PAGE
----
FIG. 13 is an example user interface experiment administration page 1300. The page 1300 can be displayed, for example, in response to a user selecting an experiment of the web page 1200. The web page 1200 can include a link that references an experiment identifier. For “Experiment 1” which has a status of “pending”, the link can refer to an experiment for which the experimentation system 110 has previously obtained an experiment schema. For example, the experiment identifier can refer to an experiment for which the experimentation system 110 has previously received variable content selections from a website operator. The experiment administration page 1300 shows the variable content section identifiers 1302 that are associated with the selected experiment. For instance, “Experiment 1” can correspond to an experiment identifier “123456”. The experimentation system can query a database table for records associated with the experimentation identifier “123456” to retrieve a previously stored variable content selections and display the names of variable content sections and associated fragments on the page 1300. The experimentation system can also query a database table to find any variable content items (or variable content item groups where the variable content sections include fragments) associated with the variable content sections, count those items, and display the resulting number of content items or content item groups next to the corresponding section name on the page 1300.

In response to a website operator clicking the “Add Content” button 1304, a dialog box for accepting variable content items for the variable content section named “Header” can appear. The website operator can, for example, enter the variations in header content 312A-C of FIG. 3. In response to a website operator clicking the “Add Content” button 1308, a dialog box for accepting variable content items for the variable content section named “Text” can appear. The website operator can, for example, enter the variations in text content 316A-C of FIG. 3 by typing in the variations, pasting text into the forms, and/or uploading text files. In response to a website operator clicking the “Add Content” button 1309, a dialog box for accepting variable content items for the variable content section named “Style Graphics” can appear. Because the variable content section named “Variable Graphics” contains two fragments, the dialog box may contain a section for entering content for each fragment. Further, the content may be entered by specifying groups of variable content items with a content item in the group corresponding to each of the fragments. For example, the website operator can enter the variations in content 319A-B by uploading two sets or groups of content items. The first content item group may correspond to the graphic files shown in the variable content item group 319A. The second content item group may correspond to the graphics files shown in the variable content item group 319B. The experiment can be started by selecting the “Start Experiment” button 1310.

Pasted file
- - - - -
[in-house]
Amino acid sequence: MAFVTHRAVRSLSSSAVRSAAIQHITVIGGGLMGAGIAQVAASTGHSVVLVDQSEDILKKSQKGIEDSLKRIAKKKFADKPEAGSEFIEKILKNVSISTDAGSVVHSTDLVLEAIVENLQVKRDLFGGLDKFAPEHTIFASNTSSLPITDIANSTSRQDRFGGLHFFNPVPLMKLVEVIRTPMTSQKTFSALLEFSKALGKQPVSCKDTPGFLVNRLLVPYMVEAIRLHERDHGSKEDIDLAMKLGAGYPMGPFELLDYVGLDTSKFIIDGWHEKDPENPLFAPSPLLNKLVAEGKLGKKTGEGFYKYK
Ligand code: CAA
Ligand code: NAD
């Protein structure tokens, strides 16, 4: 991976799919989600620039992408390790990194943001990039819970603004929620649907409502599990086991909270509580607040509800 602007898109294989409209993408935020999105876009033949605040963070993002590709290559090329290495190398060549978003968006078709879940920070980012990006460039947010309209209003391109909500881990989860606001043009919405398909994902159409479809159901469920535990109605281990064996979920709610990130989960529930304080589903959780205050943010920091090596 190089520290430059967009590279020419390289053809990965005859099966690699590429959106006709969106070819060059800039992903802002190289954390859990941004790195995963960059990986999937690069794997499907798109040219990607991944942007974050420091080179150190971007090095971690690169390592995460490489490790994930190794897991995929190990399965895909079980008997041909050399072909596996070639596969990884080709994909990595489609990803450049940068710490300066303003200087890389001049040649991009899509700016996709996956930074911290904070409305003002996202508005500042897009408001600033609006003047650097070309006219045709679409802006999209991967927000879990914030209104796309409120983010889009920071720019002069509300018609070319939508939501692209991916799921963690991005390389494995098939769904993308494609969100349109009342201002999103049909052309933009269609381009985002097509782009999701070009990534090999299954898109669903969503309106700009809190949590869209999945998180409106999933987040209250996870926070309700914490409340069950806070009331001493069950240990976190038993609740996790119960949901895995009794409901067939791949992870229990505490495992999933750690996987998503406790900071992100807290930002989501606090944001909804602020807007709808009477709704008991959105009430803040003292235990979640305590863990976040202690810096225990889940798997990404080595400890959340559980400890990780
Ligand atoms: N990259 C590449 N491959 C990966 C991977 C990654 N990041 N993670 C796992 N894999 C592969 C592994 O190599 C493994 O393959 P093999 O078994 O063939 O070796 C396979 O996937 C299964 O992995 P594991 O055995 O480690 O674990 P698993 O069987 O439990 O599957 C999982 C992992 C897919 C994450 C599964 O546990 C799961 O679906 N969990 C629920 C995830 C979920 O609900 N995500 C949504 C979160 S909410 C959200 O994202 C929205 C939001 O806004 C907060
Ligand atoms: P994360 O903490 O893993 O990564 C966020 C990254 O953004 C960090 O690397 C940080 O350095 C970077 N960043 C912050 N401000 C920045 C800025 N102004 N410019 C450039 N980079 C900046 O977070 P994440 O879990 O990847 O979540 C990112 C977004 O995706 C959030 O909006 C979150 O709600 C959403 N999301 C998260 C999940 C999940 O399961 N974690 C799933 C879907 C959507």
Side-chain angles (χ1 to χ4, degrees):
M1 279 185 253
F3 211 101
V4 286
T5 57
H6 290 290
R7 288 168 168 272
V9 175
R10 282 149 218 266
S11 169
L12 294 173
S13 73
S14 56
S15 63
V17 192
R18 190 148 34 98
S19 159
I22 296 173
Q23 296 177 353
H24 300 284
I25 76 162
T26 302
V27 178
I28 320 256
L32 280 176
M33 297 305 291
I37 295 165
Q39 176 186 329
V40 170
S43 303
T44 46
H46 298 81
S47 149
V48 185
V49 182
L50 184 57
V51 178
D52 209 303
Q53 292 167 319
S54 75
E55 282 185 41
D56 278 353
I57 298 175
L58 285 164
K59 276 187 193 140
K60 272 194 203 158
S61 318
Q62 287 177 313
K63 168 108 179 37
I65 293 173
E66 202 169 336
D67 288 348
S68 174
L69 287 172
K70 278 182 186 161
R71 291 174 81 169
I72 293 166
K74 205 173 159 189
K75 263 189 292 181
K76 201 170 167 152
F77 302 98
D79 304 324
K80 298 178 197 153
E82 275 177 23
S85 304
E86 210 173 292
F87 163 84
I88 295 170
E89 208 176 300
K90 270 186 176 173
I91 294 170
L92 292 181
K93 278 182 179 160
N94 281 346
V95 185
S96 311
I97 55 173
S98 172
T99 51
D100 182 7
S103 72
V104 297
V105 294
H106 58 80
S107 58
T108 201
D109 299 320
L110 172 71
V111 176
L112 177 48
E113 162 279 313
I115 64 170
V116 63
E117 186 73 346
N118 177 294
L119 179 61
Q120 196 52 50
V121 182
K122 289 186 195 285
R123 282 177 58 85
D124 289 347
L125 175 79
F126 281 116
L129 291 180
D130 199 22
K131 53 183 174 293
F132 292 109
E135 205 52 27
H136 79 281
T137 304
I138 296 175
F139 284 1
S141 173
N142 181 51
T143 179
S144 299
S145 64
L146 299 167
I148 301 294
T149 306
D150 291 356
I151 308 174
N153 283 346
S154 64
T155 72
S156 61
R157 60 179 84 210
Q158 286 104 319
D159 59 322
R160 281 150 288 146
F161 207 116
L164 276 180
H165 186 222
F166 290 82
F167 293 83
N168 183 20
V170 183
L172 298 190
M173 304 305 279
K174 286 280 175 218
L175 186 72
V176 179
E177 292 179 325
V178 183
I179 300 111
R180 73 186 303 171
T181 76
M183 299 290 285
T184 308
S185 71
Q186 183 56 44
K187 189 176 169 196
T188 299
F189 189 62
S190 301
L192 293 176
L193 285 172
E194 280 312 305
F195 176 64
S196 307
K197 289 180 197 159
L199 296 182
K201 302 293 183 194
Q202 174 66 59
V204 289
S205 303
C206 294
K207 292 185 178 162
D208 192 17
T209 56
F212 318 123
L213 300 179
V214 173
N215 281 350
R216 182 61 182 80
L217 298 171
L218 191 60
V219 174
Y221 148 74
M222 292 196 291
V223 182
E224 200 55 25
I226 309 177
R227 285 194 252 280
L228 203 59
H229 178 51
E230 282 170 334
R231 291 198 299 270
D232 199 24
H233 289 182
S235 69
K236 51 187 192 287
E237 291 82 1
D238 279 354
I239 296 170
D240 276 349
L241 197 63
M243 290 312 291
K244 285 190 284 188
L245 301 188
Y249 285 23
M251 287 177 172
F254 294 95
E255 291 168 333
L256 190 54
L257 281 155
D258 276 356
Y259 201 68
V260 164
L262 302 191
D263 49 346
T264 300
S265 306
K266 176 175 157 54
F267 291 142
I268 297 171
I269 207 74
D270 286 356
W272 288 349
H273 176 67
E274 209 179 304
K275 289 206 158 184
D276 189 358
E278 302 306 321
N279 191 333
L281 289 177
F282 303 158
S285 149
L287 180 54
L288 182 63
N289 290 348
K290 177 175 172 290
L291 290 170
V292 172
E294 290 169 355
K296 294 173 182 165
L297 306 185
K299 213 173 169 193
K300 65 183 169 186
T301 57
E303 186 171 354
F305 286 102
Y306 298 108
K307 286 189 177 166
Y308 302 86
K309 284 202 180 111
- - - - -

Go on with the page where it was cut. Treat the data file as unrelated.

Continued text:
FIG. 14 illustrates an example set of records 1400 for storing variable content items and variable content item groups. The variable content items and variable content item groups input to the system by a website operator though the interface page 1300 can be stored in the example records 1400. The records 1400 illustrate an example manner for storing the variable content of the “Header”, “Text”, and “Style Graphics” sections FIG. 3. The “Header” section can correspond to the header section 302 of FIG. 3. The records 1402 can store the variable content items for the header section 302. The “Text” section can correspond to the text section 306 of FIG. 3. The records 1406 can store the variable content items for the text section 306. The “Style Graphics” section can correspond to the style graphics section 309A-B. The records 1407 can store references to the variable content item groups for the style graphics sections 309A-B.

Because the style graphics section 309A-B correspond to two variable content fragments of the variable content section “Style Graphics” (i.e., fragment 0 and fragment 1), the records 1407 contain pointers or references to content item groups that include a variable content item corresponding to each of the fragments. The first “Style Graphics” record contains a pointer to a records 1408 containing a content item entry for each fragment in variable content item “Style Graphics”. The content item “Style_A_top.gif” is associated with style.fragment(0) and the content item “Style_A_side.gif” is associated with style.fragment(1). These graphic files correspond to the graphics shown in FIG. 3 in the variable content item group 319A.

The second “Style Graphics” record contains a pointer to a records 1409 containing a content item entry for each fragment in variable content item “Style Graphics”. The content item “Style_B_top.gif” is associated with style.fragment(0) and the content item “Style_B_side.gif” is associated with style.fragment(1). These graphic files correspond to the graphics shown in FIG. 3 in the variable content item group 319B.